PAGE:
Like we discussed in the previous blog, your CV is the first impression that you give to the powers that will interview you, and hopefully offer you that dream job.
In this little pot of gold, we’re going to share some hot tips that have been researched and are psychologically designed to open the door for an interview. We don't want to you end up being a needle in the haystack.
Don’t believe us? Well, use these tips and see..what do you have to lose?
The Pot of Gold
- Please, for the love of puppies, do not put your ID number or full address on your CV. It's a security risk. Name, Surname, Contact Info, Nationality and Location are more than adequate.
- Make it concise. Your CV is not designed to represent every detail of your life story. It’s designed to get your foot in the door. No CV should ever be longer than 2 pages (some say 1 page). *we really love the 1 pager*
- Invest in a good looking template, but keep it simple. Don’t be too loud. We highly recommended Enhancv or Canva (online resources), or get in touch with us to help you out, we love deriving simplicity and making it beautiful.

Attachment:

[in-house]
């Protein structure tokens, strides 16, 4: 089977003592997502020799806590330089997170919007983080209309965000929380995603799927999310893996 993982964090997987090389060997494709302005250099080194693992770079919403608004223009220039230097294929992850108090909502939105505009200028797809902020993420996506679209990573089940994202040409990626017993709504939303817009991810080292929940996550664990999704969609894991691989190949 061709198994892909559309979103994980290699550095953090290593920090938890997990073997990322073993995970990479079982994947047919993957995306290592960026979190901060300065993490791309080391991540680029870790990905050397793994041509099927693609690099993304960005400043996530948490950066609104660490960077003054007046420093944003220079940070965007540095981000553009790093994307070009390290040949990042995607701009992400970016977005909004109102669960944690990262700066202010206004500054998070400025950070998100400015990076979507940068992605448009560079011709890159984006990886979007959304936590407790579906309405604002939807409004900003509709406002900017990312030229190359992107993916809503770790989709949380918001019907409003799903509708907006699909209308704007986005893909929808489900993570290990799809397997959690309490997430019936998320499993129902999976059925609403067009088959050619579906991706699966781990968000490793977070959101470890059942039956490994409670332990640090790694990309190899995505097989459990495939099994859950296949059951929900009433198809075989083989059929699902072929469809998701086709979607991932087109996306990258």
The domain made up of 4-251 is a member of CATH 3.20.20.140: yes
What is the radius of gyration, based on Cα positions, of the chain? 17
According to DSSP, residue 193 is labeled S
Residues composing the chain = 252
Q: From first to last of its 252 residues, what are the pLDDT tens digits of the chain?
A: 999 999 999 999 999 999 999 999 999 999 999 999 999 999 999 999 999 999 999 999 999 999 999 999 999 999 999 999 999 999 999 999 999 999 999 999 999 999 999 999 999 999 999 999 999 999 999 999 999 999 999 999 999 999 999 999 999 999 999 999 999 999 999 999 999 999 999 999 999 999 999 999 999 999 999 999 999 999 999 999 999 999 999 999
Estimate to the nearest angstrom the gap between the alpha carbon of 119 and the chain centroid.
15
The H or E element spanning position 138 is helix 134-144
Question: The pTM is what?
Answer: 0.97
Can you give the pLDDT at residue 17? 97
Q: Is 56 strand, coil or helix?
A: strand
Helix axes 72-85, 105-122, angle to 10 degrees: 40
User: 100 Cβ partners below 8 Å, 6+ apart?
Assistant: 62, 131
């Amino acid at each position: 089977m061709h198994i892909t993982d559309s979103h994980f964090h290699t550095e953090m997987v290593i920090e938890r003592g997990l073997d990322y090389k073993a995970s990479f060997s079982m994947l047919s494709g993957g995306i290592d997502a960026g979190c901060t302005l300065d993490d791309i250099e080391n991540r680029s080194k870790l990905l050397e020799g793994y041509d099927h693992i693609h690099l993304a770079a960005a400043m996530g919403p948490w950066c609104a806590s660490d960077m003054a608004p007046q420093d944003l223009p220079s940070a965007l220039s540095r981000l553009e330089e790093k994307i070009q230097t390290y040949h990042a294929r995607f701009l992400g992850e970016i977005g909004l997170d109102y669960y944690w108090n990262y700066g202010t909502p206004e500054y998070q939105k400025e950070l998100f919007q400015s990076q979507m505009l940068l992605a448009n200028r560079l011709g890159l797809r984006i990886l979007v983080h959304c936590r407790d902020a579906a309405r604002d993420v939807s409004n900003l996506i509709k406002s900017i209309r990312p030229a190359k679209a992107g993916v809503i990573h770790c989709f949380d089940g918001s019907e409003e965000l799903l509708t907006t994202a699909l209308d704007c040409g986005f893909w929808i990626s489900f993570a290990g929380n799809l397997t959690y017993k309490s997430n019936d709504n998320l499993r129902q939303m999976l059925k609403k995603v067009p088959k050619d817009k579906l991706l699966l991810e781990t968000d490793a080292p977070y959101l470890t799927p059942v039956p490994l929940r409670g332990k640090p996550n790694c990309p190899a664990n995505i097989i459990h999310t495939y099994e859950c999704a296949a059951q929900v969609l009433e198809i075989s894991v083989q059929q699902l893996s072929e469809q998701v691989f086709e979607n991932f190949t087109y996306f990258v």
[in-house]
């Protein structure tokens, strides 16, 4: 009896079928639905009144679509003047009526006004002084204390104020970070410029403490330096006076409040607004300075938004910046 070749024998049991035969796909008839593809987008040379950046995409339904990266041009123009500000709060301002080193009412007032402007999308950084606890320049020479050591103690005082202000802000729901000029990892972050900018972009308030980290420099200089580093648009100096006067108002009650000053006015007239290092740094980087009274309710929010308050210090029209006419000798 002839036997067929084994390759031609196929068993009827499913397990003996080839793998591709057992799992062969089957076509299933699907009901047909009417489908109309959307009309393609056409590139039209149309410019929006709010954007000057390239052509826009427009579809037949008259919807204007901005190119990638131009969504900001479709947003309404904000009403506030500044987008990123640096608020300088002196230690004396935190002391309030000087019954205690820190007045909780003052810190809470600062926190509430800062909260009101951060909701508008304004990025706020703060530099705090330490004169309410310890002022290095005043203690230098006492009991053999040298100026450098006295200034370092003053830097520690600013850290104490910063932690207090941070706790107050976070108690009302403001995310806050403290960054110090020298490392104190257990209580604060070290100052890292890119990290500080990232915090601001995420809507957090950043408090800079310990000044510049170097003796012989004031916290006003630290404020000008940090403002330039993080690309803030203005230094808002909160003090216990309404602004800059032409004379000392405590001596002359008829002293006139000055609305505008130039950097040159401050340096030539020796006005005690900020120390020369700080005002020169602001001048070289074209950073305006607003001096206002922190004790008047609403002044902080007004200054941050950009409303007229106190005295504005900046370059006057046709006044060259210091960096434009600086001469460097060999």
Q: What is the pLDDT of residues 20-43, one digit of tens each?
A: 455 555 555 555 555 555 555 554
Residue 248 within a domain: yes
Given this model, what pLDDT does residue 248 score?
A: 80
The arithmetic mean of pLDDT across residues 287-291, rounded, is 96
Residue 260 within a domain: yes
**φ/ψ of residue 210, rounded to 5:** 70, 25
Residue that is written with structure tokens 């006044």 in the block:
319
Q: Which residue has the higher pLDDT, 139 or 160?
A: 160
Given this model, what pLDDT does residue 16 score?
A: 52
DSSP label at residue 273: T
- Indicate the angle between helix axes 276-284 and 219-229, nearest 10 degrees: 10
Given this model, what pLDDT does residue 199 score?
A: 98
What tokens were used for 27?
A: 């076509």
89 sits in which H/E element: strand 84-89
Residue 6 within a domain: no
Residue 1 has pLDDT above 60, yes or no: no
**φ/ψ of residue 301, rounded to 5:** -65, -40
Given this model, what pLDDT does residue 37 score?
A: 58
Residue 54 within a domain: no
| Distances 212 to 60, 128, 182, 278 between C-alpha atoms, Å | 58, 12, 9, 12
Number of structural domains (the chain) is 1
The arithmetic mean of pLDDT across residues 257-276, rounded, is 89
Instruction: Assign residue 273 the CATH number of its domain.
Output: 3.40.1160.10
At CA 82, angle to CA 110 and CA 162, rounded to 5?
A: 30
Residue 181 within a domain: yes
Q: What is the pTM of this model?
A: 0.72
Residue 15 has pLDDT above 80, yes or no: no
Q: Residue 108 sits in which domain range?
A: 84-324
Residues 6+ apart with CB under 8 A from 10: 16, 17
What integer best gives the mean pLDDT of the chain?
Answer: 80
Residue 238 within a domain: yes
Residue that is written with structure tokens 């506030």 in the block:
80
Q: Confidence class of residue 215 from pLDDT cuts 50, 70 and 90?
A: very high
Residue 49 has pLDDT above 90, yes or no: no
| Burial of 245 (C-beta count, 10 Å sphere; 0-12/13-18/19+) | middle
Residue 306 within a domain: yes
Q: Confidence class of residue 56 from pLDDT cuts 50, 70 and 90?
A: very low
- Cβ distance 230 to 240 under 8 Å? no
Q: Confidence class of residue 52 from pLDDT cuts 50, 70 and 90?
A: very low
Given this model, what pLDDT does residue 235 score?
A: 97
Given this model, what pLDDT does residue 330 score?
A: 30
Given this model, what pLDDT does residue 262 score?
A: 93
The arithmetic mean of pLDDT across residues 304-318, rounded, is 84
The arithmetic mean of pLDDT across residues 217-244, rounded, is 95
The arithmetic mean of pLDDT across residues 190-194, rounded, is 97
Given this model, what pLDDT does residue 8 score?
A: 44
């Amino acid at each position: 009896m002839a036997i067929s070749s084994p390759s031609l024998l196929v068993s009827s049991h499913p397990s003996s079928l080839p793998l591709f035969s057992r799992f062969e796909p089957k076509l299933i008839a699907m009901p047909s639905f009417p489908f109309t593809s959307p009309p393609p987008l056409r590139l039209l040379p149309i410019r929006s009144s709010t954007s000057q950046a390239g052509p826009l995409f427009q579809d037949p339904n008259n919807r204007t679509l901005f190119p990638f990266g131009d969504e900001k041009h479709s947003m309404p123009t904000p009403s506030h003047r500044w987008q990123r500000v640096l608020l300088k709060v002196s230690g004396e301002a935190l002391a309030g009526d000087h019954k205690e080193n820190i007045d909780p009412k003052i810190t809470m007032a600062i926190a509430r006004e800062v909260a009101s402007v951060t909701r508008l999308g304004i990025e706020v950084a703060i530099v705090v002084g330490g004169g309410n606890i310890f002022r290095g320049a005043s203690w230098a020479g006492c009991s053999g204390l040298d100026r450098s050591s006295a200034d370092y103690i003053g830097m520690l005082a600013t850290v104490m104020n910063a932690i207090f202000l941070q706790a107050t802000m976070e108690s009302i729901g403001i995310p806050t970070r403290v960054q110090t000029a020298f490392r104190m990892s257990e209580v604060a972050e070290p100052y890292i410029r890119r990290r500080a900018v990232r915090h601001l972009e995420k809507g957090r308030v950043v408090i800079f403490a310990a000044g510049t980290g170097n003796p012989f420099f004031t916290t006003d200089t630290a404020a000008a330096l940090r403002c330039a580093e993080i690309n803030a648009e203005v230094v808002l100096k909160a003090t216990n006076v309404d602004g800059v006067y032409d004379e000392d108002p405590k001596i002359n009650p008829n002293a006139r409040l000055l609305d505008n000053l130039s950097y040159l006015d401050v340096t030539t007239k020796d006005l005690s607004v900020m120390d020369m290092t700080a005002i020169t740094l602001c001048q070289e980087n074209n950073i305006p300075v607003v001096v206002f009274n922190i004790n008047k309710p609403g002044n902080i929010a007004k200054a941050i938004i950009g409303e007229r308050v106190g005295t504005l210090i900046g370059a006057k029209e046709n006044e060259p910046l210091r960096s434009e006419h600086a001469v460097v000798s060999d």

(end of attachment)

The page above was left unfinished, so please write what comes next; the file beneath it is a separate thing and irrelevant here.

- Only include information that is relevant to the job you are applying for. Yes, this means you may need to review and possibly edit for each application, but it's worth it.
- List your job experience in reverse chronological order. That means start with your most recent and work your way back from there.
- Complement your CV with a purpose written, job-specific cover letter to give the reader some insight into why you are good for this position. Paint the picture for them so they don't have to do it themselves. Try shy away from speaking about yourself in the 3rd person if you can. It's a bit odd.
- Display your accomplishments, results, value-add and impact. Do not list your roles and responsibilities - these are generally generic and a waste of space.
- Do not write long paragraphs. Use bullet points to improve readability and never use more than three bullet points per job.
- Try to use graphical representations of information where you can. Skills bars and icons are a good way to achieve this (although granted, they are subjective - see point below).
- Try limit any information that could be seen as subjective. If you’re going to include a “Strengths” section, we highly suggest taking a psychometric assessment such as Gallup StrengthsFinder which is widely recognised by most HR professionals, and used by many for creating high-performance teams.
- Include an area for your achievements. This is where you can be loud and proud about what makes you great. These can be personal or professional.
- List some personal interests, and try to not make them boring. This is a peephole into you as a person. Put some real thought into it before slapping down the generics (reading, long walks on the beach, yada yada move on).
Okay, so we’ve given you some food for thought. If you’re more visually inclined, pop us a mail or send us some smoke signals. We’d be happy to send you a template to offer you some inspiration.
Happy CV building!